I've read thousands of books in my life. Some have made me angry, some have made me giddy. Some have inspired me to do things I wouldn't have tried, and others even made me cry.
But no book ever gave me heart palpitations -- until last week.
I spent a day and a half chasing the Tiger Mother last week. She was too busy to talk, her publicist finally told me. Which was about as surprising as the sun coming up in the east this morning.
The Tiger Mother is, of course, Amy Chua, the Yale law professor and El Cerrito High School graduate who ignited a passionate national debate over parenting with her book "Battle Hymn of the Tiger Mother."
Serious, real serious
The book details her "Chinese" parenting methods applied to her two now-teenage daughters, requiring six hours a day of piano and violin practices, seven days a week, on top of absolute academic excellence. An A- was considered failure.
The banned list in Chua's household included: sleepovers, school plays, TV, computer games, play dates and any instrument playing other than piano or violin.
I'm tired just writing that last paragraph.
But I'm Westernized. I let my kids do all those terribly fun things. I also make them do their homework, drag them to art museums, buy them as many books as they want and force them to listen to classical music in the car. Of course, in my car, classical music is the Beatles and Van Halen.
Yeah, like anyone could kill Amy Chua. They'd have to catch her first.
I was fired up after reading the book Thursday. I wasn't sure whether it was admiration for a woman so dedicated to making her children excel, or because the rhythm of her writing reflects how she talks in interviews -- fast, like machine gun fire. Or perhaps it was the lifestyle she describes in the book that had my adrenaline going.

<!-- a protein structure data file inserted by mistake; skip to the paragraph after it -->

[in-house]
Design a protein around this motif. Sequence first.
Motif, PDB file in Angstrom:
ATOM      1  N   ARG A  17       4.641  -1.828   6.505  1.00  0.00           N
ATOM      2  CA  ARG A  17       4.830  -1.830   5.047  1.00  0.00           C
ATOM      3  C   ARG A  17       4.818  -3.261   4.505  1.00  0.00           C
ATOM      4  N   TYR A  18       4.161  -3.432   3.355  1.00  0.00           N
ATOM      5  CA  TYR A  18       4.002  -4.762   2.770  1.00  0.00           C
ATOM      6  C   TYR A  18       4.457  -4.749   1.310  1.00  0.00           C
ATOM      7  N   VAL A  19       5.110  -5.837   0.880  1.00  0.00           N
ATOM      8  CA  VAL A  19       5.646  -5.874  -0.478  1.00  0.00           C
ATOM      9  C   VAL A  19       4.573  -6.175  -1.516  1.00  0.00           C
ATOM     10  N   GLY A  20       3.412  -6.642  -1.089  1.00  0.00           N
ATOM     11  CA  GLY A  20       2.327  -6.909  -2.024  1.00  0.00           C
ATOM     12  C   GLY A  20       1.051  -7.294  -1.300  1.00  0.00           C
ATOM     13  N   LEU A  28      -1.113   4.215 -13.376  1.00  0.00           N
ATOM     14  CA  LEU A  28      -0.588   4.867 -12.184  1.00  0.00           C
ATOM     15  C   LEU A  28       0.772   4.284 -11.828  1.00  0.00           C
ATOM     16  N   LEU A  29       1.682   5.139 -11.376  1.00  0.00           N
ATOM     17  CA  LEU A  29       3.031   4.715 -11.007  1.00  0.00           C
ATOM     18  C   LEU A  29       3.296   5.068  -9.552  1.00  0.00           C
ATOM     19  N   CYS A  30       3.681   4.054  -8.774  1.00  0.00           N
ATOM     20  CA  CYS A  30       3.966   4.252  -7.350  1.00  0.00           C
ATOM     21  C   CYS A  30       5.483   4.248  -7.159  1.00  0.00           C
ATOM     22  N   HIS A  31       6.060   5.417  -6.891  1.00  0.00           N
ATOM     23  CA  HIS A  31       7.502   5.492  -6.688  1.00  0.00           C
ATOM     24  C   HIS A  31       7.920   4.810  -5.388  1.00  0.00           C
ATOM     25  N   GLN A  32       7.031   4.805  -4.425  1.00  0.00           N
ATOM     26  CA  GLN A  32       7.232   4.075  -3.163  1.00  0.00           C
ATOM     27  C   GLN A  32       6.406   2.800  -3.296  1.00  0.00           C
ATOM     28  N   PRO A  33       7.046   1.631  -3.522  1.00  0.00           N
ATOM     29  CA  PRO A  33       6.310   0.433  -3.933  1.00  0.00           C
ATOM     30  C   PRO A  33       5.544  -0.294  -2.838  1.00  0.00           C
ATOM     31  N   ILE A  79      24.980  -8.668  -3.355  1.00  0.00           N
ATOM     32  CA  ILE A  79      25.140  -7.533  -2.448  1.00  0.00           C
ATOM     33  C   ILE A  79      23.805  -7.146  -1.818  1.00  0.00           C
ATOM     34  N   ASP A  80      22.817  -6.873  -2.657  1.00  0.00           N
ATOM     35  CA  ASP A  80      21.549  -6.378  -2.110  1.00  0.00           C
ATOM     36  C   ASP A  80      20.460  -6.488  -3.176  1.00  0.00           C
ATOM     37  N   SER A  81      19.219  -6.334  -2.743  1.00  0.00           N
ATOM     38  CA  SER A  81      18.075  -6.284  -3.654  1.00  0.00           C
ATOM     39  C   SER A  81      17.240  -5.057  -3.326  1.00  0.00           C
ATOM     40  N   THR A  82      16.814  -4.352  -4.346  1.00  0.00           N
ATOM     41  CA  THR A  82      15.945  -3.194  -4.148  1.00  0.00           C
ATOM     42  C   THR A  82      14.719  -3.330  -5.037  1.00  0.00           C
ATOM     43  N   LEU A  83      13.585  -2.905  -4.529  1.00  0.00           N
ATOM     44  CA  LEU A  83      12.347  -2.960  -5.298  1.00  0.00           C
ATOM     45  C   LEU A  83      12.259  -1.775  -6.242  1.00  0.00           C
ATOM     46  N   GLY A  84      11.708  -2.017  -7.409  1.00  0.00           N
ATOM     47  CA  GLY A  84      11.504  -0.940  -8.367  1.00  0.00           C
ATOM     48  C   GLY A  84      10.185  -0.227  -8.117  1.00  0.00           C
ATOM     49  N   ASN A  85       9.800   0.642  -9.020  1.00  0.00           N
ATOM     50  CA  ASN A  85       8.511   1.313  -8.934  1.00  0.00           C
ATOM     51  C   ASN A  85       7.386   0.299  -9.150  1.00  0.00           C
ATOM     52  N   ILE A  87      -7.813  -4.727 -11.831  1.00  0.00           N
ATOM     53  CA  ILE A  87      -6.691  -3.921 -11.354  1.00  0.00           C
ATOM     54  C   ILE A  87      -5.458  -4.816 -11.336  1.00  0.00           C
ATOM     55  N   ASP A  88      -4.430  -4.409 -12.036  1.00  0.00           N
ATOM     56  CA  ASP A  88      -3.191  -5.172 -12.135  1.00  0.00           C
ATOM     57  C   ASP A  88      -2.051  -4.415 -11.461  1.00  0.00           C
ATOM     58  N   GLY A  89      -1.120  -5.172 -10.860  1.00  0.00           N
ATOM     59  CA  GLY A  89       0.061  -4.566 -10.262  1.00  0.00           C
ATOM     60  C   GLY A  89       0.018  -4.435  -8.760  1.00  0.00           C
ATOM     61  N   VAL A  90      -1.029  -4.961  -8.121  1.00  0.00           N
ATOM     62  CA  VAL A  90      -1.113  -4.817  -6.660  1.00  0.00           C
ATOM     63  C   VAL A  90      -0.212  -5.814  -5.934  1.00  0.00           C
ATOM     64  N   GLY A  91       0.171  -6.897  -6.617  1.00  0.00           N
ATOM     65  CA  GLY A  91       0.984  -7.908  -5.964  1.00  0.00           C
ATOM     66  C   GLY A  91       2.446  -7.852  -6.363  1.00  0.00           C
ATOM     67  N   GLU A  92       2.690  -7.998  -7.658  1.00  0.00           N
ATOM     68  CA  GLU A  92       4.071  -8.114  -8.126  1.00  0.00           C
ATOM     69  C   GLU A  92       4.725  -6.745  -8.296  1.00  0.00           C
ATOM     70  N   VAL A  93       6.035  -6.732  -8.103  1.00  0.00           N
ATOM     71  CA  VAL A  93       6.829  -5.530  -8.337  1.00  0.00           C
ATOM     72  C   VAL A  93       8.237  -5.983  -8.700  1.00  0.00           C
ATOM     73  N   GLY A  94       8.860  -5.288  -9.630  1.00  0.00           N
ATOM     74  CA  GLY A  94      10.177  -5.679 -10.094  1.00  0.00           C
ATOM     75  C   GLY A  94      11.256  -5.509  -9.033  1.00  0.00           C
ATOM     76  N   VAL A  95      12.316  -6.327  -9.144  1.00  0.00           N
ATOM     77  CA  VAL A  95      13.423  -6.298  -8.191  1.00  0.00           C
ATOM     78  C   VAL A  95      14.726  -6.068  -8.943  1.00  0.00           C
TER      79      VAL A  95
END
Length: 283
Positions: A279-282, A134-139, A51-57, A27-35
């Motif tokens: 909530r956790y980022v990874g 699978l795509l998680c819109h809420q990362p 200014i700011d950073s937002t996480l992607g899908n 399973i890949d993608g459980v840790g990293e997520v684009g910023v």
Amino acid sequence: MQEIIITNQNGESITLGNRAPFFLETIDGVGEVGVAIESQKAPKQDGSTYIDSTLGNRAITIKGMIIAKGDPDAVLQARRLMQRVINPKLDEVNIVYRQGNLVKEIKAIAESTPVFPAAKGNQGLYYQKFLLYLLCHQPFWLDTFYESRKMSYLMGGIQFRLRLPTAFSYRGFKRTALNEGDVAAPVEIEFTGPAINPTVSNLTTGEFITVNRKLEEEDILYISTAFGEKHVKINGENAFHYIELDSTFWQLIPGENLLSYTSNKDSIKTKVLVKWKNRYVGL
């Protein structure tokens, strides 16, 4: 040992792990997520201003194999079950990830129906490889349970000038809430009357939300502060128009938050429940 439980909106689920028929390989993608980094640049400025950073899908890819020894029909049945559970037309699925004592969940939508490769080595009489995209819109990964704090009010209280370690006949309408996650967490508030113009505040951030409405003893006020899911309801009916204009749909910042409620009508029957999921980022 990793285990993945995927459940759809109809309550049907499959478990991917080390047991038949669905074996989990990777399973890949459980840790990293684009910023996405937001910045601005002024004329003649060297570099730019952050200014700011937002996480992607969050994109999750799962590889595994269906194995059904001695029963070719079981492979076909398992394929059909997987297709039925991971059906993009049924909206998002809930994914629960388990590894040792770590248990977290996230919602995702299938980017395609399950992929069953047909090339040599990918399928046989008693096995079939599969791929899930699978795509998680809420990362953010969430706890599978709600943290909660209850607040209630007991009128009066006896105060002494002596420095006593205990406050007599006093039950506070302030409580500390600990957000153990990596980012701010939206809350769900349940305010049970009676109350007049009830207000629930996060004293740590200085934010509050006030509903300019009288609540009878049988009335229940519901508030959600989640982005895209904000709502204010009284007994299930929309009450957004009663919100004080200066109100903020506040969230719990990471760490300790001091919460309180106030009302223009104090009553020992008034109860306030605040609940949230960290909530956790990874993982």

Whatever, I felt fully caffeinated and ready for some parenting when I got home. I sat for 90 minutes with my 2-year-old, watching old "Sesame Street" episodes. We sang, we did the alphabet, we wondered what in God's name a Snuffleupagus is. I also read for an extended time with my 8-year-old, which might not sound like much, but I didn't think I could get away with demanding she become fluent in Mandarin by morning.
I left a couple more messages Friday and picked up the book again. And got to the part where Chua bought her kids a dog -- and went about trying to turn it, too, into a super achiever.
That's when my chest started to hurt from Chua's frantic pacing and the description of her obsessive behavior and occasionally insane demands. It didn't get any better when I read the part about her throwing back the homemade birthday cards her daughters made her, and demanding they make better ones.
Chua says kids are stronger than we think and it's our job to make them be the best adults they can be, so they'll feel confidence and joy at who they are. I can't argue with the theory, although her degree of application is maddening. I also can't argue with people who criticize her, although I will say the book is written with more humor and love than I expected. Chua seems to understand at least some of her flaws (and gets better about them by book's end), but instead of dwelling on them, she charges through them like a stuntwoman running through a wall of fire.
The problem is she has each daughter by the hand when she does it.
The kids don't have much choice. Which sounds like the biggest difference between what Chua calls "Chinese" parenting and "Western" parenting. But I agree with those who criticize Chua for not allowing her kids more air to breathe; that she's stunting their creativity and potential for growth in a wide variety of areas.
Chua would just say that many of those areas are unworthy and by diverting her kids around them, she's done them a favor. And it's hard to argue with her results. Both girls are exceptional students and musicians.
Then again, Chua asserts that playing drums will lead a child into doing drugs which, as a drummer, made me laugh out loud. Then I remembered how happy I was when my 9-year-old chose to learn violin last year, mostly because it was her decision, and she's sticking with it. There's a lot of gratification for a parent when you help steer your kids into making good decisions, not just great achievements.